Environmental protectors and custodians of the public conscience have been having a field day with that stretched, overweight, bloated blunderbuss called Excursion.

Know it as the Ford Subdivision, suggested one outraged keeper of our mores. Or the Excursion Valdez. It is not available in chrome yellow, because some buyers might be tempted to paint "Los Angeles Unified School District" on its sides. And if more is less, how come you can't park the damned thing without a ground crew, radar and curb feelers?

On the other hand, maybe we've been pounding too hard on the big guy. Put another way, the traveling public may be guilty of not seeing the forest for the mass.

There is no denying that the Excursion is a mastodon that slurps more gas than a pair of Cadillacs. It has a 44-gallon tank that in smaller Texas communities might be classified as a minor oil field. Even though its front end has been engineered not to ride over the top of a Honda Civic in the sorry event of a rear-end collision, the Excursion still looks like it could squash most state capitols. Even Jesse Ventura's.

Stretching 19 feet with a towing capacity of 10,000 pounds and seats for nine adults plus their kit, the Excursion is a category of one. It is taller than me, and I played military basketball. And it weighs close to 4 tons, which is heavier than just about anything except your uncle's 18-wheeler.

All of which is politically unthinkable.

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Yet in our haste to debase, we have completely overlooked the 2000 Excursion's basic concept. It has very little to do with being a standard sport-utility suburbanite in competition with the Nissan Pathfinder, Jeep Grand Cherokee or Lincoln Navigator. It has everything to do with going up against the bulky, big-footed and venerable Chevy Suburban as an outdoorsman, a puller of stumps and hauler of pipeline crews.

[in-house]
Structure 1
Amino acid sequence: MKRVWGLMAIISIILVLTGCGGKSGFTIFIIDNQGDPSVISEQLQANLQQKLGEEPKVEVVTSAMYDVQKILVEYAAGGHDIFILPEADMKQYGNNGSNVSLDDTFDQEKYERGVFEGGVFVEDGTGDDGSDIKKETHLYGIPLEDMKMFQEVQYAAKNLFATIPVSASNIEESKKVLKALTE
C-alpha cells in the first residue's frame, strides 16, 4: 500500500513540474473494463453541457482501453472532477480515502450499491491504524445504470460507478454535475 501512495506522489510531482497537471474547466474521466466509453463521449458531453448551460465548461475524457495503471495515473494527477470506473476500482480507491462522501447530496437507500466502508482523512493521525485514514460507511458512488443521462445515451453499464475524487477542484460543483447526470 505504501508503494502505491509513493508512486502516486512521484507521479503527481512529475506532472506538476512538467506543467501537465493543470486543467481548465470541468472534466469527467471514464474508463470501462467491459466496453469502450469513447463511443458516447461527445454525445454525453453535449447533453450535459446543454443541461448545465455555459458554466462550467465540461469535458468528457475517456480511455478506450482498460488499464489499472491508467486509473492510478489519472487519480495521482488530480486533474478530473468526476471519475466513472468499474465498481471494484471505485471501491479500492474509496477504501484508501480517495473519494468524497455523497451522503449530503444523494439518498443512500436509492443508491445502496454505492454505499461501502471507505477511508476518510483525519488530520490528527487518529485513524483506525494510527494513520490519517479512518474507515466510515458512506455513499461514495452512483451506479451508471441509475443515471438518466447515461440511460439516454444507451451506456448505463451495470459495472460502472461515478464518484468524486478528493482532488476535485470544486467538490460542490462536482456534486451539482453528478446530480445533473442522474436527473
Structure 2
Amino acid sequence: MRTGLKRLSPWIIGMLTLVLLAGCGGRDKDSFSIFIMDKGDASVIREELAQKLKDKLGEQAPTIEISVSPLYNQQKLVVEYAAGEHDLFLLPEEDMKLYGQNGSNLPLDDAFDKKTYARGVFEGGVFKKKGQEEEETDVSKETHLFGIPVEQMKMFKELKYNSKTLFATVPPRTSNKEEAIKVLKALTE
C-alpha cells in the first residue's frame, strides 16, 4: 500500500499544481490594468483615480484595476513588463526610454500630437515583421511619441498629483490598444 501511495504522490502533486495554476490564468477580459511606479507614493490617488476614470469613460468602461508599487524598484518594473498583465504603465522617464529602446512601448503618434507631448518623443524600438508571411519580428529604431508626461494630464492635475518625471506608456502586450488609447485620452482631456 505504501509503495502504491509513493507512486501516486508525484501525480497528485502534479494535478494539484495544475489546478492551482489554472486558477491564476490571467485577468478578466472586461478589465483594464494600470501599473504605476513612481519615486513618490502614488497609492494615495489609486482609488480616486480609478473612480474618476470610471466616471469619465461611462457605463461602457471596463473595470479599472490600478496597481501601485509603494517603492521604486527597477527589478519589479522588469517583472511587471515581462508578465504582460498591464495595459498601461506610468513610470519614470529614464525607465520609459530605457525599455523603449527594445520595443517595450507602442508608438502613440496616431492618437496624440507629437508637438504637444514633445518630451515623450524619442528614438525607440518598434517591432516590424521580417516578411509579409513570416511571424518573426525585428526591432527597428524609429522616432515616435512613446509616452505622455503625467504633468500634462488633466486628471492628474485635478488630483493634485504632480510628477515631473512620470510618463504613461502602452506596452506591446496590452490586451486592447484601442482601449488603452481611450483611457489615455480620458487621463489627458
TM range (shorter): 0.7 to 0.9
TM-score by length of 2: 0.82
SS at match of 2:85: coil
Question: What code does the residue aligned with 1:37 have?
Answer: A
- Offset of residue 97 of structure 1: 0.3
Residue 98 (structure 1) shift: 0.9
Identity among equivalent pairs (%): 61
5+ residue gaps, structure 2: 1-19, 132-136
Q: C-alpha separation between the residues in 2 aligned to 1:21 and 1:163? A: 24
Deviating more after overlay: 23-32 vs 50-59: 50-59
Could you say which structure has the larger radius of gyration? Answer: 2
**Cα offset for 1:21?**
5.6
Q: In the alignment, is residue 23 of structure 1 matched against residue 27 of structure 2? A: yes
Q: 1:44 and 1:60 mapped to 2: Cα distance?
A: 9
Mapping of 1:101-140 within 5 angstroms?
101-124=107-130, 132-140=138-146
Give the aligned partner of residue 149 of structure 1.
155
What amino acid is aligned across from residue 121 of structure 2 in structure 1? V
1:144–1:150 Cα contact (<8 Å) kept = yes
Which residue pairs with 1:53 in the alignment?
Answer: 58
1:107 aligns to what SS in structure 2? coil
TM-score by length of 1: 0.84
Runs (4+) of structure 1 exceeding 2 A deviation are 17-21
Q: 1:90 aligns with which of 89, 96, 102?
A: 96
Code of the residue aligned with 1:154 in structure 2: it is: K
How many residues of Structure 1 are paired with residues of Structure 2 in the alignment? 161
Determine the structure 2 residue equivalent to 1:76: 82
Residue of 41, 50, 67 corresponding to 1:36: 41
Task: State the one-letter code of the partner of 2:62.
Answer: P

The Excursion's engine options--ranging from a 255-horsepower V-8 through a 310-horsepower V-10 and a 7.3-liter diesel V-8 delivering an elephantine 500 foot-pounds of torque--clearly state that this vehicle is happier at home on the range. Or in commercial fleets serving ski resorts, construction sites and high-country rescue and recovery teams.

The Excursion, based on Ford's Super Duty F-Series pickups, carries up to a ton of stuff, which is pretty close to three cows. Everything about the vehicle, from its four-speed automatic transmission through its trailer hitch to its steel frame, is industrial-strength and triple-welded.

It was conceived, says Gurminder Bedi, vice president of Ford's Truck Vehicle Center, as the ultimate heavy-duty utility vehicle for personal and commercial use, with "more space and convenience for passengers, more utility for activities such as towing and more versatility for carrying cargo and luggage."

And that certainly doesn't sound very much like the intracity profile and purpose of an Isuzu Trooper.

Our test vehicle--a candy-apple-red V-10 with a base price of $40,880 (compare that to the smaller, less-muscular Lexus LX 470 that carries less cargo and fewer people for $60,000)--arrived as a perfect foil.

How big was it? Well, the change holders would probably take $250 in quarters. How heavy? Overturn this puppy and it would peg temblor needles at Caltech. How huge the ride? Like climbing aboard Shamu. How large the appearance? Put a Thanksgiving Sale sign in the window and passersby might think they were standing outside Macy's.